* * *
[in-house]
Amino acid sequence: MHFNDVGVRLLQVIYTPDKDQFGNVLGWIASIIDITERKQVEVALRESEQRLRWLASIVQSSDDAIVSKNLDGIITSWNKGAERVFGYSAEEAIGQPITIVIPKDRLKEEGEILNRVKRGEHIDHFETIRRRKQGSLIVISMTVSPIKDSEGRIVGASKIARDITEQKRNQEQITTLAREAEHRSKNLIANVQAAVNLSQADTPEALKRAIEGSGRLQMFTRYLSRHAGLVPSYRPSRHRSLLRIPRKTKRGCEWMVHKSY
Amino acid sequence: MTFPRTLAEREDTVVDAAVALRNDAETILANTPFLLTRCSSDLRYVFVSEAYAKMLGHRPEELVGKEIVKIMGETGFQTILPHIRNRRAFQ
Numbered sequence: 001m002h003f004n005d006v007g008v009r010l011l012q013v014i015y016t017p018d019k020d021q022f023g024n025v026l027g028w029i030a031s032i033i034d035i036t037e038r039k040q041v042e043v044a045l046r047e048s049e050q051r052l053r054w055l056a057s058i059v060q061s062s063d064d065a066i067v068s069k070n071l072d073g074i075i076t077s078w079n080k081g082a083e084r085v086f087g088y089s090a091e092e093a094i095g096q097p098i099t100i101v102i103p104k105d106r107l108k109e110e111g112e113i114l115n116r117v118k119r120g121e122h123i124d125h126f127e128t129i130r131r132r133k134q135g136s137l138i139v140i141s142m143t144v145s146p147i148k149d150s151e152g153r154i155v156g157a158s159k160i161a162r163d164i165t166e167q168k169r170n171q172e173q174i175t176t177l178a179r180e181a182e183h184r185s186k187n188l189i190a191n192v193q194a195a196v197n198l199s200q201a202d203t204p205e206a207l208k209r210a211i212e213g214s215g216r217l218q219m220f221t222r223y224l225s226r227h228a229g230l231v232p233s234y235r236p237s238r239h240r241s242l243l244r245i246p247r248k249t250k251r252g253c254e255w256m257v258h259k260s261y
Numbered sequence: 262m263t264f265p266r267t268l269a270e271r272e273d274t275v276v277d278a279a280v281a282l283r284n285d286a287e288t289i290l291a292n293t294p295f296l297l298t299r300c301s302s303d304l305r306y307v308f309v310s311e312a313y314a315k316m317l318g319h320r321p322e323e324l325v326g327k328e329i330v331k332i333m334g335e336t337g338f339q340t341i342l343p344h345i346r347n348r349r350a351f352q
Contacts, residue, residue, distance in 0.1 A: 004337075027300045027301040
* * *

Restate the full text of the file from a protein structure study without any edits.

[in-house]
Amino acid sequence: MHFNDVGVRLLQVIYTPDKDQFGNVLGWIASIIDITERKQVEVALRESEQRLRWLASIVQSSDDAIVSKNLDGIITSWNKGAERVFGYSAEEAIGQPITIVIPKDRLKEEGEILNRVKRGEHIDHFETIRRRKQGSLIVISMTVSPIKDSEGRIVGASKIARDITEQKRNQEQITTLAREAEHRSKNLIANVQAAVNLSQADTPEALKRAIEGSGRLQMFTRYLSRHAGLVPSYRPSRHRSLLRIPRKTKRGCEWMVHKSY
Amino acid sequence: MTFPRTLAEREDTVVDAAVALRNDAETILANTPFLLTRCSSDLRYVFVSEAYAKMLGHRPEELVGKEIVKIMGETGFQTILPHIRNRRAFQ
Numbered sequence: 001m002h003f004n005d006v007g008v009r010l011l012q013v014i015y016t017p018d019k020d021q022f023g024n025v026l027g028w029i030a031s032i033i034d035i036t037e038r039k040q041v042e043v044a045l046r047e048s049e050q051r052l053r054w055l056a057s058i059v060q061s062s063d064d065a066i067v068s069k070n071l072d073g074i075i076t077s078w079n080k081g082a083e084r085v086f087g088y089s090a091e092e093a094i095g096q097p098i099t100i101v102i103p104k105d106r107l108k109e110e111g112e113i114l115n116r117v118k119r120g121e122h123i124d125h126f127e128t129i130r131r132r133k134q135g136s137l138i139v140i141s142m143t144v145s146p147i148k149d150s151e152g153r154i155v156g157a158s159k160i161a162r163d164i165t166e167q168k169r170n171q172e173q174i175t176t177l178a179r180e181a182e183h184r185s186k187n188l189i190a191n192v193q194a195a196v197n198l199s200q201a202d203t204p205e206a207l208k209r210a211i212e213g214s215g216r217l218q219m220f221t222r223y224l225s226r227h228a229g230l231v232p233s234y235r236p237s238r239h240r241s242l243l244r245i246p247r248k249t250k251r252g253c254e255w256m257v258h259k260s261y
Numbered sequence: 262m263t264f265p266r267t268l269a270e271r272e273d274t275v276v277d278a279a280v281a282l283r284n285d286a287e288t289i290l291a292n293t294p295f296l297l298t299r300c301s302s303d304l305r306y307v308f309v310s311e312a313y314a315k316m317l318g319h320r321p322e323e324l325v326g327k328e329i330v331k332i333m334g335e336t337g338f339q340t341i342l343p344h345i346r347n348r349r350a351f352q
Contacts, residue, residue, distance in 0.1 A: 004337075027300045027301040